Packing a Punch: Meet Russia’s .50 Caliber Bullpup Rifles

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November 22, 2020 Topic: Security Region: Europe Blog Brand: The Reboot Tags: RussiaRiflesGunsMilitaryTechnologySoviet Union

Packing a Punch: Meet Russia’s .50 Caliber Bullpup Rifles

These weapons are known for getting the job done.

Key point: These "hand cannons" are serious business and are highly-specialized. Here is how they fit into the Russian military.

Russia has a rich history designing exotic bullpups in variety configurations and calibers. While most of those Soviet designs are forty or more years old (and were never standard issue), Russia does have several bullpups in their armories that fill very specific niche roles. These two platforms are optimized for urban and close-quarters combat— and fire enormous .50 caliber rounds to boot. Here are two highly-specialized Russian bullpup platforms.

This first appeared and is being republished due to reader interest.  

Hand Cannon: 

First the round. The 12.7x55mm STs-130 cartridge is massive— the same diameter as the .50 BMG round used the M2 Browning machine gun. While the M2 is a crew-served weapon, meaning there is usually two or more people needed to operate the weapon, the 12.7x55mm STs-130 cartridge is not. Despite its enormous caliber, the STs-130 is used in individual small arms.

The case is conventional brass, although it is a straight wall cartridge, an unusual feature in modern rifle ammunition, more akin to ammunition used in revolvers. This means that the brass case does not have a bottleneck where the bullet is seated, but rather is the same diameter around the base and the neck. Generally speaking, this result is less pressure in the case when the primer is struck, and less pressure behind the bullet during is movement through the barrel.

Generally, this would be a disadvantage— when would a slower-traveling bullet have an advantage over a faster traveling bullet?

First: when silence is needed. The STs-130 is subsonic and therefore much quieter than conventional supersonic ammunition. When coupled with a suppressor, there is a marked difference in noise.

Additionally, this heavy slow-moving bullet is optimized for massive stopping power— without risking over-penetration. In a tight urban or indoor environments, collateral damage can be caused by stray shots passing through walls, vehicles, or people and causing unintentional damage. Not so with the STs-130, which deposits massive amounts of energy on target, without over-penetration.

The STs-130 comes in several different varieties, with different bullets optimized for different platforms and purposes. Variants include standard, armor-piercing, and even an increased accuracy round, reportedly made of solid bronze. Ammunition that can be fired safely in the VKS cannot necessarily be fired with ASh-12.7, as the VKS’ ammunition is significantly longer and heavier, which could potentially cause feeding problems if it could even be chambered.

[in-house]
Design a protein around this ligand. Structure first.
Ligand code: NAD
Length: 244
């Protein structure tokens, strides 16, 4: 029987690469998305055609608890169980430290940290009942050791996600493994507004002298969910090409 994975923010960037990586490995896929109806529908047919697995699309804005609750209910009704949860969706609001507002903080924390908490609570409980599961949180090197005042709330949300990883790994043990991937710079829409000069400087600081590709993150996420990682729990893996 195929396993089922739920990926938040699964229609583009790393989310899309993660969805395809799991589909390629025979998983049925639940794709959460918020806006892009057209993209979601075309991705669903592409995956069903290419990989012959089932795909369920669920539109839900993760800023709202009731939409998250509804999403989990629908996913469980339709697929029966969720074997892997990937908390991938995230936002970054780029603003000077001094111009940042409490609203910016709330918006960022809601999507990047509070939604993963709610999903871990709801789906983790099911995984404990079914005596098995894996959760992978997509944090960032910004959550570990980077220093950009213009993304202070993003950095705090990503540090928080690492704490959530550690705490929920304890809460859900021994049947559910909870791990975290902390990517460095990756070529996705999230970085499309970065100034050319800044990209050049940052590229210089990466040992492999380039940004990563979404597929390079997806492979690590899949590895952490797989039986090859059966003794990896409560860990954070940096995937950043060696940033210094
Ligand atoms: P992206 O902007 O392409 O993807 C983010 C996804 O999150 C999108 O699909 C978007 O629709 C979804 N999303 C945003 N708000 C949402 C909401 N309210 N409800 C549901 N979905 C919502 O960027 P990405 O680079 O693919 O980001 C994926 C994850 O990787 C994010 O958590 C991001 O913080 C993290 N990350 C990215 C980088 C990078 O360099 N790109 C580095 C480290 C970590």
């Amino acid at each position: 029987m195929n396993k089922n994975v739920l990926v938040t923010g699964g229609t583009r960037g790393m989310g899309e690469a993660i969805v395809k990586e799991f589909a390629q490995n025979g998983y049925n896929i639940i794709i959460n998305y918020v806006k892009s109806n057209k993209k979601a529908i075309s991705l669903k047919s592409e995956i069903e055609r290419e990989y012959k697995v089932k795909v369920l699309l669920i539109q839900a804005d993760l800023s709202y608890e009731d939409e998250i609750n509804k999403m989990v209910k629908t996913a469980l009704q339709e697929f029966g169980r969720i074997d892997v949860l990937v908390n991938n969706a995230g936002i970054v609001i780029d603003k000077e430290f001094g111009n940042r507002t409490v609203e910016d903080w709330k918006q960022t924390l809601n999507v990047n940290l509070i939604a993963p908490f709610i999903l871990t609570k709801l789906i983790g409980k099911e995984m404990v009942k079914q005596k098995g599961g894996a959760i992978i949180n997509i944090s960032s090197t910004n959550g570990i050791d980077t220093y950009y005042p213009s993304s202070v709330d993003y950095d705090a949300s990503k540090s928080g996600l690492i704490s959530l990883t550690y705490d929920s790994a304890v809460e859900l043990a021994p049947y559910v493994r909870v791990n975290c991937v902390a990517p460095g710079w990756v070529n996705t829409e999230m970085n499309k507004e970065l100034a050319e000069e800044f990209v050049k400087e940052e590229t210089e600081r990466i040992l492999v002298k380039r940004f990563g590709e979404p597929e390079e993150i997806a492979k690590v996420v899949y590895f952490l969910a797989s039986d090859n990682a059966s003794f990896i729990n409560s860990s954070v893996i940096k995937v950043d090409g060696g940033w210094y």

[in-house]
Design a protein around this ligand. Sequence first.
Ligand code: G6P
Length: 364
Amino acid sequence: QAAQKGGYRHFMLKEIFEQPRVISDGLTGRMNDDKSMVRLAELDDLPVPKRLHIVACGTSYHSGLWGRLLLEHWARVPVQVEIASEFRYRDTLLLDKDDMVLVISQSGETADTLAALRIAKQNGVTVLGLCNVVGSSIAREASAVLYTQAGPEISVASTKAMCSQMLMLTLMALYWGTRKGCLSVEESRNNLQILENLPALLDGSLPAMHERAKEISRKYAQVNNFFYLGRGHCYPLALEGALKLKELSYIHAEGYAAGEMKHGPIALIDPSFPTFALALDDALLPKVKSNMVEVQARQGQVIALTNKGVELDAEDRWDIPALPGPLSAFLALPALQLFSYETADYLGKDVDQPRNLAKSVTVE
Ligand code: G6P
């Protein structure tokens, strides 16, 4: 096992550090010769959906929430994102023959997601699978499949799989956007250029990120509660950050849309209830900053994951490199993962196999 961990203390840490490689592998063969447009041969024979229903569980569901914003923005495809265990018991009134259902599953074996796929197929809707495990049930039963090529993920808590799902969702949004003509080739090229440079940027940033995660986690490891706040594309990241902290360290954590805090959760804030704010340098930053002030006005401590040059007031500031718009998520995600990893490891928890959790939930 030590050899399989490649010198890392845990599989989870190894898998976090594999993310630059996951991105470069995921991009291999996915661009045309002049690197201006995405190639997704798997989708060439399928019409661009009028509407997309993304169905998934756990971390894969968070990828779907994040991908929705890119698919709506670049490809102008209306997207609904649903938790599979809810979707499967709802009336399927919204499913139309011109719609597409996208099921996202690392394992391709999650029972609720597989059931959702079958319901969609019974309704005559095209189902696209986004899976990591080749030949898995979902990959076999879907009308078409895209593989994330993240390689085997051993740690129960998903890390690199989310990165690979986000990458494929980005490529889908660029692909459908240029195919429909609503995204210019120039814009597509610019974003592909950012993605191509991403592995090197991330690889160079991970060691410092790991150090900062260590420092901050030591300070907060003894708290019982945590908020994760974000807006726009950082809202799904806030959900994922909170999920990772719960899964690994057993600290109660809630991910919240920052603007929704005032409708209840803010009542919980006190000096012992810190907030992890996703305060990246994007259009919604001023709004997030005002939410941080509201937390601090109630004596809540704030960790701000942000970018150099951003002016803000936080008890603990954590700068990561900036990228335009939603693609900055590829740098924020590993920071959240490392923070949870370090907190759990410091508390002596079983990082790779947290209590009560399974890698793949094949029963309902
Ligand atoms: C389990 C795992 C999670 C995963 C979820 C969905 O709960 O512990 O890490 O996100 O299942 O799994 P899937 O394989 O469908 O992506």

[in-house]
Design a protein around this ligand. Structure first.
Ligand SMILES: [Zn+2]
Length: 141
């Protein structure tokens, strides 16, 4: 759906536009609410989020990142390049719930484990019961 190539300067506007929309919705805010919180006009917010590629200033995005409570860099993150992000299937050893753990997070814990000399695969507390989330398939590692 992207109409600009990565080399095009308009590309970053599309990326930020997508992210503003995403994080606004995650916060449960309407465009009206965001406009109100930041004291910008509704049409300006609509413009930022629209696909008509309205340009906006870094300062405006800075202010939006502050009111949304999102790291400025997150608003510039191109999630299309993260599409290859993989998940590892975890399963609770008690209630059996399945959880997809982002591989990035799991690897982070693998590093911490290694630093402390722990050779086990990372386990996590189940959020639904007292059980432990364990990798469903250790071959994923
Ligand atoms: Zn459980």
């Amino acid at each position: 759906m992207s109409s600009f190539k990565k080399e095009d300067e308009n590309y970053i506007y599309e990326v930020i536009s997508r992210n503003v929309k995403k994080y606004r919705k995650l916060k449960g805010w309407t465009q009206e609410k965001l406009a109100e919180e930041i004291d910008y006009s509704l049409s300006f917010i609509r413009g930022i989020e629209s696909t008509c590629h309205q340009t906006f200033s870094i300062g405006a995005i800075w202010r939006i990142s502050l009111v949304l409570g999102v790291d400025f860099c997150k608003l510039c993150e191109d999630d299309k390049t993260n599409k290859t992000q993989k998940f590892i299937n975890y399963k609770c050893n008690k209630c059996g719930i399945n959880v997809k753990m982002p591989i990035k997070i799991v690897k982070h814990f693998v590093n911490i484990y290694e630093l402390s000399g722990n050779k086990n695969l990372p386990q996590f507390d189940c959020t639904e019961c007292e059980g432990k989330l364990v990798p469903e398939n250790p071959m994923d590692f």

Hand-held Artillery: 

Meet the ASh-12.7.

The ASh-12.7 is optimized for urban, close-quarters combat where space is at a premium, and range is limited by walls and buildings. It’s compact design allows it to have a high barrel-to-length ratio. This allows for quick movement and greater maneuverability, although there are some shortcomings to the bullpup design such as lower situational awareness and poor ergonomics for left-handed shooters.

The rifle has two firing modes, semi and auto, plus safe. Because the ammunition is subsonic, effective firing range is a modest 300 meters or so, although this would not necessarily be a problem in close-range, urban environments.

The rifle features a large multiple-baffle muzzle brake to help control recoil, especially during automatic firing. It can also be equipped with a silencer, further reducing the subsonic ammunition’s acoustic signature. One variety of ammunition for the ASh-12.7 is a double, or duplex round, which is essentially two bullets stacked one on top of the other.

VKS Sniper Rifle:

Also a bullpup design, the VKS is optimized for close-quarters, urban combat environments. Interestingly, this rifle appears to be a straight-pull bolt-action, rather than a semiautomatic.

Effective firing range is nearly double that of its .50 caliber ASh-12.7 cousin, reportedly up to 600 meters— not bad for a subsonic bullet. The VKS is also equipped with a large silencer nearly the length of the entire barrel, similar to the VSS Vintorez, or the AS Val.

Whereas those two platforms are optimized for penetrating standard-issue NATO body armor, the VKS makes use of specially designed ammunition to prevent penetration. While the case for VKS ammunition is the same case used for ASh-12.7 ammunition, the bullets are much longer and heavier, and probably too long to load in the ASh-12.7 rifle. The heaviest loads are reportedly 76 grams or 1170 grains—by comparison, the standard 5.56x45mm NATO bullet weighs 4 grams or 62 grains. One of the loads is even machined from solid brass for better accuracy.

Close Quarter Killer:

Short overall length, quiet, and massively powerful— seemingly the perfect small arms platforms for effective urban combat. It seems that Russian bullpups have staged a comeback, at least in certain close quarters operations.

Caleb Larson holds a Master of Public Policy degree from the Willy Brandt School of Public Policy. He lives in Berlin and writes on U.S. and Russian foreign and defense policy, German politics, and culture. This first appeared and is being republished due to reader interest.  

Image: Reuters